Iranian president dismisses criticism amid deadly protests

As street protests in Iran grew increasingly deadly, President Ebrahim Raisi on Wednesday accused the West of maintaining a double standard on human rights.

Speaking before the United Nations General Assembly, Raisi tried to deflect international outrage over the death last week of a 22-year-old woman in the custody of Iran’s so-called morality police. They reportedly arrested her for not completely covering her hair.

Raisi also used the speech to insist that Iran was eager to revive the moribund nuclear deal aimed at preventing the country from developing a bomb, but questioned whether the United States could be a trusted partner. in any agreement.

It was a rare appearance in the West by Raisi, a hardliner who became president of Iran about a year ago.

“Human rights belong to everyone, but unfortunately they are violated by many governments,” Raisi said. I cited the suffering of stateless Palestinians and the detention of migrant children in the United States, separating them from their families.

The Iranian government has maintained that Mahsa Amini, an Iranian Kurd, died of a heart attack after being detained and sent to a “re-education center” to receive instructions on proper dress. Iran requires all women to wear headscarves that cover their hair and other clothing considered modest.

Amini’s family insists she was healthy and had no heart problems. The government ordered an investigation.

Her death sparked protests in many Iranian cities, some involving women burning their headscarves. On Wednesday, seven people were reportedly killed during protests as security forces attempted to suppress protesters.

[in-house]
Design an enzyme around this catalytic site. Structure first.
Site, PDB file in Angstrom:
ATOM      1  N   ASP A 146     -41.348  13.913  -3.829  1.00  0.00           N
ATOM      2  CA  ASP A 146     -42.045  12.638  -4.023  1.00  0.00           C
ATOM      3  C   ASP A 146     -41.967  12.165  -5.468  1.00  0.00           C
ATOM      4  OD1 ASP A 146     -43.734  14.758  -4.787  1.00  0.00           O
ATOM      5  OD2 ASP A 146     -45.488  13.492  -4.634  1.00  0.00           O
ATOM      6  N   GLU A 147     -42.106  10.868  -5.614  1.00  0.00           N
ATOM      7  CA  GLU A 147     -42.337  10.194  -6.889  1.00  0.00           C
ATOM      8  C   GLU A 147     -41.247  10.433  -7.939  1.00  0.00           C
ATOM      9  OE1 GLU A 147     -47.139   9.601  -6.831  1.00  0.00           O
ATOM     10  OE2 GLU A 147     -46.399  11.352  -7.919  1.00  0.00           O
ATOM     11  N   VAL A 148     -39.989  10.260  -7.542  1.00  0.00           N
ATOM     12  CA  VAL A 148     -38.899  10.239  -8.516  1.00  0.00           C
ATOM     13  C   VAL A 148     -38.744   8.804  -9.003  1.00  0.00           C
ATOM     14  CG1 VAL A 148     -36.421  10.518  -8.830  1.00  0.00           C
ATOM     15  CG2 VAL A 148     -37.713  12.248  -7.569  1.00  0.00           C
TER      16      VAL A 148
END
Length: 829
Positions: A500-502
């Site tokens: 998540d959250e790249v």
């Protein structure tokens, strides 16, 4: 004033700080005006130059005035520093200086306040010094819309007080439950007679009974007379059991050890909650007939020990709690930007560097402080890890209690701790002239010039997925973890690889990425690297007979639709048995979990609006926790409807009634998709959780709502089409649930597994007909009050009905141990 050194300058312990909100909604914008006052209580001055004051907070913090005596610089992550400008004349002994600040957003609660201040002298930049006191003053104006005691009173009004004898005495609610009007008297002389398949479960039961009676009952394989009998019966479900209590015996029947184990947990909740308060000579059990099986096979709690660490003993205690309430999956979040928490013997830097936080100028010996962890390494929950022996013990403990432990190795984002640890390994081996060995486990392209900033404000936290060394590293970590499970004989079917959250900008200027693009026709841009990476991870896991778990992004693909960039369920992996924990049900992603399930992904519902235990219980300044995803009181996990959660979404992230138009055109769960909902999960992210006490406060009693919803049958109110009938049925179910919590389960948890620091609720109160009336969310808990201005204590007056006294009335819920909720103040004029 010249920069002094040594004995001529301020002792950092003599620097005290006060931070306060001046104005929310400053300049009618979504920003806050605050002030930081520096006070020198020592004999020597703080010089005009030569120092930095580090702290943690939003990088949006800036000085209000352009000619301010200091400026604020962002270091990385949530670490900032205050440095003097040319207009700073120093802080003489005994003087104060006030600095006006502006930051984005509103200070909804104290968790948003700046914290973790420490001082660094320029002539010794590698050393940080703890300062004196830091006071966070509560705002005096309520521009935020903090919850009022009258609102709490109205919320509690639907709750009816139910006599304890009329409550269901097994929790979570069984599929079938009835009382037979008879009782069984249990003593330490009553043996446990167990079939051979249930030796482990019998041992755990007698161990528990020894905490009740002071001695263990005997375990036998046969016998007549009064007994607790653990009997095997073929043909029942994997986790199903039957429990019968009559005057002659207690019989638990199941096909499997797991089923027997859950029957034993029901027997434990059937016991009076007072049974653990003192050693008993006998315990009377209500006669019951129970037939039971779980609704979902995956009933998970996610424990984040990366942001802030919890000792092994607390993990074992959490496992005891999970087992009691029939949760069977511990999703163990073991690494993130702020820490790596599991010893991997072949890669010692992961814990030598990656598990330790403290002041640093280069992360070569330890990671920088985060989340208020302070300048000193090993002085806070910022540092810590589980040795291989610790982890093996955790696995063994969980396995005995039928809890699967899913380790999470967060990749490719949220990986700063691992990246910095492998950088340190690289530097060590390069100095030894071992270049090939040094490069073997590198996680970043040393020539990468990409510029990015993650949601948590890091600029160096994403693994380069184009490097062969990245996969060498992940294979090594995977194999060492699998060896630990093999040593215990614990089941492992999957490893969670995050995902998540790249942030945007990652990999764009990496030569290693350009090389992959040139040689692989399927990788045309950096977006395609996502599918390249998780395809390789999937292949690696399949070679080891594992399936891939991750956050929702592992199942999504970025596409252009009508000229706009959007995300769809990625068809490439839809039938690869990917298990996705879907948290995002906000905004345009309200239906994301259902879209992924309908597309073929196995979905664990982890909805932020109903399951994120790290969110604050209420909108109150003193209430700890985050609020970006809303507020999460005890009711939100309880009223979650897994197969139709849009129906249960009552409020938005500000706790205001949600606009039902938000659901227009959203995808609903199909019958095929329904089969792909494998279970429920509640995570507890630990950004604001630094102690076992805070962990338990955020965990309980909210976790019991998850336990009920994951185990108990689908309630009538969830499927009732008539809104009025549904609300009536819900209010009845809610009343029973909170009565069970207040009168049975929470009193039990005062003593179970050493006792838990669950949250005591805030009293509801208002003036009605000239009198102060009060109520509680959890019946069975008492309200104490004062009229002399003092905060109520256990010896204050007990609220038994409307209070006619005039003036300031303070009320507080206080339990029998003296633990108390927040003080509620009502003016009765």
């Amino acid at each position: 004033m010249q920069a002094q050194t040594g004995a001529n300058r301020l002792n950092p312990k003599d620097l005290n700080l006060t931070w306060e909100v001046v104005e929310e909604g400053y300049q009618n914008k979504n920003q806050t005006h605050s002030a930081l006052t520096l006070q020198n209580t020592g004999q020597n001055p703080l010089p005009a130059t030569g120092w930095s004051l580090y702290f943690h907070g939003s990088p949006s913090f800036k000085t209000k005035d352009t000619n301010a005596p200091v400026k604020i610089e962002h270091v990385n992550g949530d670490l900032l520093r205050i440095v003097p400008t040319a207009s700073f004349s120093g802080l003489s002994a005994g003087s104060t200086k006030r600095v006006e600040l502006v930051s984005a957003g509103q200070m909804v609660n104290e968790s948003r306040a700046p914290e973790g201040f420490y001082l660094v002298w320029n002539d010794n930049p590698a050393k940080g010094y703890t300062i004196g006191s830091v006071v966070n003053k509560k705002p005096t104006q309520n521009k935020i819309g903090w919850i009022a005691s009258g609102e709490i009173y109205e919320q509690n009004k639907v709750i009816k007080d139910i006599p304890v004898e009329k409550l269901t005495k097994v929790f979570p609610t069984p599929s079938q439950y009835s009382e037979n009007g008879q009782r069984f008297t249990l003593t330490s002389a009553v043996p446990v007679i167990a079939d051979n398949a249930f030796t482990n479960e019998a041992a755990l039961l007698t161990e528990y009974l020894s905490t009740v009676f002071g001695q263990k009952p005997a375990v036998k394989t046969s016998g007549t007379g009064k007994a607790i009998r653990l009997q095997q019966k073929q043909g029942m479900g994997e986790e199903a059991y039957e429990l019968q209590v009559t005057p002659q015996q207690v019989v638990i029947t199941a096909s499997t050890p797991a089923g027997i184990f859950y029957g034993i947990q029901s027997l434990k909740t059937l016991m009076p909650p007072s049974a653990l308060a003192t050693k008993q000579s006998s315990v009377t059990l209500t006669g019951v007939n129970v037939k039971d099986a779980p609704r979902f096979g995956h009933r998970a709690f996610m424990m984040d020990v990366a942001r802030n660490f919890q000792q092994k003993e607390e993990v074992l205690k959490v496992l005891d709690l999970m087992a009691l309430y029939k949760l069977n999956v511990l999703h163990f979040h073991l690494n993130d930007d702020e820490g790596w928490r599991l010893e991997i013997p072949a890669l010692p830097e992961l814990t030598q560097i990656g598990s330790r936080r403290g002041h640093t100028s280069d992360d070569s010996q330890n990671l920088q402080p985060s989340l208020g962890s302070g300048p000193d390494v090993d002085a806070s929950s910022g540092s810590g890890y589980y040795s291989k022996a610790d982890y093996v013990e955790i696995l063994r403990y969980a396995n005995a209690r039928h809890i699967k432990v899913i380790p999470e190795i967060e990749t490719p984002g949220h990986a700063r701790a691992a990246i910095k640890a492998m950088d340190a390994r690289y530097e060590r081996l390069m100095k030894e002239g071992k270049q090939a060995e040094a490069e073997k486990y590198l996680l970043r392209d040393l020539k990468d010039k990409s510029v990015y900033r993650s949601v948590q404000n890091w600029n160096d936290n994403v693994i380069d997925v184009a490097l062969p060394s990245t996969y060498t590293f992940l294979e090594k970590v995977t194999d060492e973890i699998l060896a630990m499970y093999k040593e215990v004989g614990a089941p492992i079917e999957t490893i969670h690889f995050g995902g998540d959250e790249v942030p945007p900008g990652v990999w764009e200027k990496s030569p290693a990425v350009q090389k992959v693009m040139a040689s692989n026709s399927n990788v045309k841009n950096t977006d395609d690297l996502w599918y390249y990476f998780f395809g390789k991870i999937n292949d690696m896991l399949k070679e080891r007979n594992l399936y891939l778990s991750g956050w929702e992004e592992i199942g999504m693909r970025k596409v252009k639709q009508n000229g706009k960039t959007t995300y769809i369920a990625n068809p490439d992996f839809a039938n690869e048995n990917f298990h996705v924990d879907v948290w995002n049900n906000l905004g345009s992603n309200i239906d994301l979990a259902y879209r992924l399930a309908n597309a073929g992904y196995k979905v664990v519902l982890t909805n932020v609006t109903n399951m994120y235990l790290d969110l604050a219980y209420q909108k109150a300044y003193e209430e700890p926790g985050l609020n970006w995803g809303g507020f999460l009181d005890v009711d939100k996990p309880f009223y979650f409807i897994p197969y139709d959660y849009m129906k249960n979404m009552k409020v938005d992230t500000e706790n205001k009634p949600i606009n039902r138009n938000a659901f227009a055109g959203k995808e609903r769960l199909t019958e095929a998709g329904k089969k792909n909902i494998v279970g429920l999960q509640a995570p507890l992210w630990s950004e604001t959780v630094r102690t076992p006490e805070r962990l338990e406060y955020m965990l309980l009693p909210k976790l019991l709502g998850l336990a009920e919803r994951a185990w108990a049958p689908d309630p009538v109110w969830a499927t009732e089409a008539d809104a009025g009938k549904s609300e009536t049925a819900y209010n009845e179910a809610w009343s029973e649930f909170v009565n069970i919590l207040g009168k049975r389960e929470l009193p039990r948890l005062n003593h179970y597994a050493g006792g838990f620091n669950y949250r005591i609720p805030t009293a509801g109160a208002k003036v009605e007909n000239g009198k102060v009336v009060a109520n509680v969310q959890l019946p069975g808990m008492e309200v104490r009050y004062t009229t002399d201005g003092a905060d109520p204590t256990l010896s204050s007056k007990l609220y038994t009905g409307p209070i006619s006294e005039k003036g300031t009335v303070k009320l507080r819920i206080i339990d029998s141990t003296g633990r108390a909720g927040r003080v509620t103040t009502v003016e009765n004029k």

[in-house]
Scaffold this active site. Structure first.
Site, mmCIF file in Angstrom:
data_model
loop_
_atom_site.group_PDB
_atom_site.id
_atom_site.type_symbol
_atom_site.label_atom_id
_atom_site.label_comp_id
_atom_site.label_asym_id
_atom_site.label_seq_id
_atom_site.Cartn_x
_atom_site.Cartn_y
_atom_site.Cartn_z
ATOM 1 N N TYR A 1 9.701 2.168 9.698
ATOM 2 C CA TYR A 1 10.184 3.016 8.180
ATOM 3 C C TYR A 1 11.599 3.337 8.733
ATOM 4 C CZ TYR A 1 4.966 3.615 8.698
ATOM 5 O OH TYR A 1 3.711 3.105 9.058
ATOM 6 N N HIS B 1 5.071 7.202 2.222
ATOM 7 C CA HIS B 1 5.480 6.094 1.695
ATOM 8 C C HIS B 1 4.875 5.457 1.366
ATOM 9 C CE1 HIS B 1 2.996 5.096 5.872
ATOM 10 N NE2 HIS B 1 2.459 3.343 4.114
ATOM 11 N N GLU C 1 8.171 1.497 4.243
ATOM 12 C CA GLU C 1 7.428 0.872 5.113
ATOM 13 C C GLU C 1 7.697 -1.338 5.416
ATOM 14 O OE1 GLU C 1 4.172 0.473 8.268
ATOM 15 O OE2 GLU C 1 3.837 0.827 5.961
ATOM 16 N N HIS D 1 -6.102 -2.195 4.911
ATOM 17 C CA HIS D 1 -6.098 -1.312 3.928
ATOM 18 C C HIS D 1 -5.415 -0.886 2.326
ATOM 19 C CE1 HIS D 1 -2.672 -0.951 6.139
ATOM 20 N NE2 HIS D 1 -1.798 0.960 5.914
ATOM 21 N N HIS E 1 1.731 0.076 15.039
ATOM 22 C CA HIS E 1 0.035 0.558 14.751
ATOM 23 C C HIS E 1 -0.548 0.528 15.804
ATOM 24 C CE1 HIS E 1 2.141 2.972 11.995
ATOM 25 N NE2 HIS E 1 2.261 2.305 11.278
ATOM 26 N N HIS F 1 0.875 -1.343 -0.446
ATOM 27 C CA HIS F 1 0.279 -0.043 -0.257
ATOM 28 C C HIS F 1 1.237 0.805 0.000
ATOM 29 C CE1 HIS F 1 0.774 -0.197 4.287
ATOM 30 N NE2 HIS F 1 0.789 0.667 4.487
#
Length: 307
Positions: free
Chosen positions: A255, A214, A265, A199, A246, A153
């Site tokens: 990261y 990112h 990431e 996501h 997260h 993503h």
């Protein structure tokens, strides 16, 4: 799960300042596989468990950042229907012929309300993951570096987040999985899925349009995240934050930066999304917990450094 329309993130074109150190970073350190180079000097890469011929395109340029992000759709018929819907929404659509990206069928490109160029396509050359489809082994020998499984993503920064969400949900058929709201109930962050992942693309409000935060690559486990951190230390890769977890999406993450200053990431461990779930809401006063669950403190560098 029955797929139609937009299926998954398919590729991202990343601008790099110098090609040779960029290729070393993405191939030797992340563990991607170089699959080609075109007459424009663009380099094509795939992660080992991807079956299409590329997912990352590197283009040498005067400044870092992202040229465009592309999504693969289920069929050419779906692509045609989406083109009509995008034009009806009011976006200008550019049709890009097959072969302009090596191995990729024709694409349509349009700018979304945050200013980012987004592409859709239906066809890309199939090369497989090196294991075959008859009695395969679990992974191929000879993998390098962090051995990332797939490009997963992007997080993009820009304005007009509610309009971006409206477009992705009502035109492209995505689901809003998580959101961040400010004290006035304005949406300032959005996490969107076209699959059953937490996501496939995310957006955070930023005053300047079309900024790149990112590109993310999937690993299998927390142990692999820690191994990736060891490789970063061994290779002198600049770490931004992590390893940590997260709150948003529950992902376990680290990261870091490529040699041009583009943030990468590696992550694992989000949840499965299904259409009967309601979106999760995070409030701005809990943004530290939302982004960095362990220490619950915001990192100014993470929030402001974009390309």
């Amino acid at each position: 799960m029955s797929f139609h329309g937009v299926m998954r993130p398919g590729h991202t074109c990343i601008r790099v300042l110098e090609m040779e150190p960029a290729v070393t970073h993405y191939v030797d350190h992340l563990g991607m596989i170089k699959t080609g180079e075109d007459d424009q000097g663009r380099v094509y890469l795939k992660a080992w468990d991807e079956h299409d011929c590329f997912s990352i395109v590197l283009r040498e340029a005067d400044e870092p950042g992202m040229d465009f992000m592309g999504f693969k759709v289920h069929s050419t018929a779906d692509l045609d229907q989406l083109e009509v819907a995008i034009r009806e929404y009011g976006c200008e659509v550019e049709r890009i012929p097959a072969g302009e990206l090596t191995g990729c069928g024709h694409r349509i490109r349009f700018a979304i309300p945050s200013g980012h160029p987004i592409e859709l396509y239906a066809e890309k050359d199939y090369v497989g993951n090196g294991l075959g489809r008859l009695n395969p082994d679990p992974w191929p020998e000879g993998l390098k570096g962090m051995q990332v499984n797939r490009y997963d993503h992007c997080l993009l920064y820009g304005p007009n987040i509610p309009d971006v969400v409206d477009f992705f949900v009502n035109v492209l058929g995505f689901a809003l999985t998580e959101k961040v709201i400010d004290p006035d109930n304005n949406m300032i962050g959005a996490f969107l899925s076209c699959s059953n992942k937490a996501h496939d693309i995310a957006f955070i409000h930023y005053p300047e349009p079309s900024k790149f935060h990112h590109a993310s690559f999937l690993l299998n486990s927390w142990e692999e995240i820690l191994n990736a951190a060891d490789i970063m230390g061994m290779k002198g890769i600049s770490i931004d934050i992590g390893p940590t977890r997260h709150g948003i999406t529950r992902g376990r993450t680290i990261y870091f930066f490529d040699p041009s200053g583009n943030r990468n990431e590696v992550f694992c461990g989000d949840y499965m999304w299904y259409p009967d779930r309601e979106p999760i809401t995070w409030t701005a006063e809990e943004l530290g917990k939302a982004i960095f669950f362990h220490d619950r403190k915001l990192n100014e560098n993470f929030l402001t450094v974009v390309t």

“Iranian security forces will continue to feel emboldened to kill or injure protesters and prisoners, including women arrested for defying abusive compulsory veil laws, if they are not held accountable,” said Diana Eltahawy, deputy director for the Middle East at Amnesty International, in a statement. . She also demanded an independent investigation and criticized Raisi for having had a world stage amid what she called Iran’s abuses.

In other comments, Raisi said his government had a “great and serious will” to return to the 2015 nuclear deal, a historic international accord brokered by the Obama administration and six other countries. It drastically reduced Iran’s atomic energy program and was designed to prevent the country from developing a bomb.

But President Trump pulled out of the deal in 2018, saying he didn’t go far enough in restricting Iran. Tehran has resumed enrichment of uranium, a key component of nuclear weapons. With the election of Joe Biden, the United States entered into indirect negotiations with Iran through the European signatories of the agreement with the aim of reviving it.

These talks have repeatedly been blocked by demands from both sides. Iran is seeking to free itself from the economic sanctions that the United States has imposed and which have crippled its economy.

“We have before us the experience of America’s withdrawal” from the deal, Raisi said. “With this experience and perspective, can we ignore the important issue of safeguards for a lasting deal?”

“We only want one thing: respect for commitments,” said Raisi.

Biden, who also addressed the General Assembly on Wednesday, said the United States also wanted to rejoin the deal. But he said Iran must meet its obligations, including allowing the UN’s International Atomic Energy Agency to conduct thorough inspections of Iran’s nuclear facilities. Although also part of the 2015 deal, Tehran has recently tried to keep inspectors away from some of its facilities.

“The United States is clear: we will not allow Iran to acquire a nuclear weapon,” said Biden, who also offered his support to protesters in Iran who he said seek “to guarantee their basic rights. “.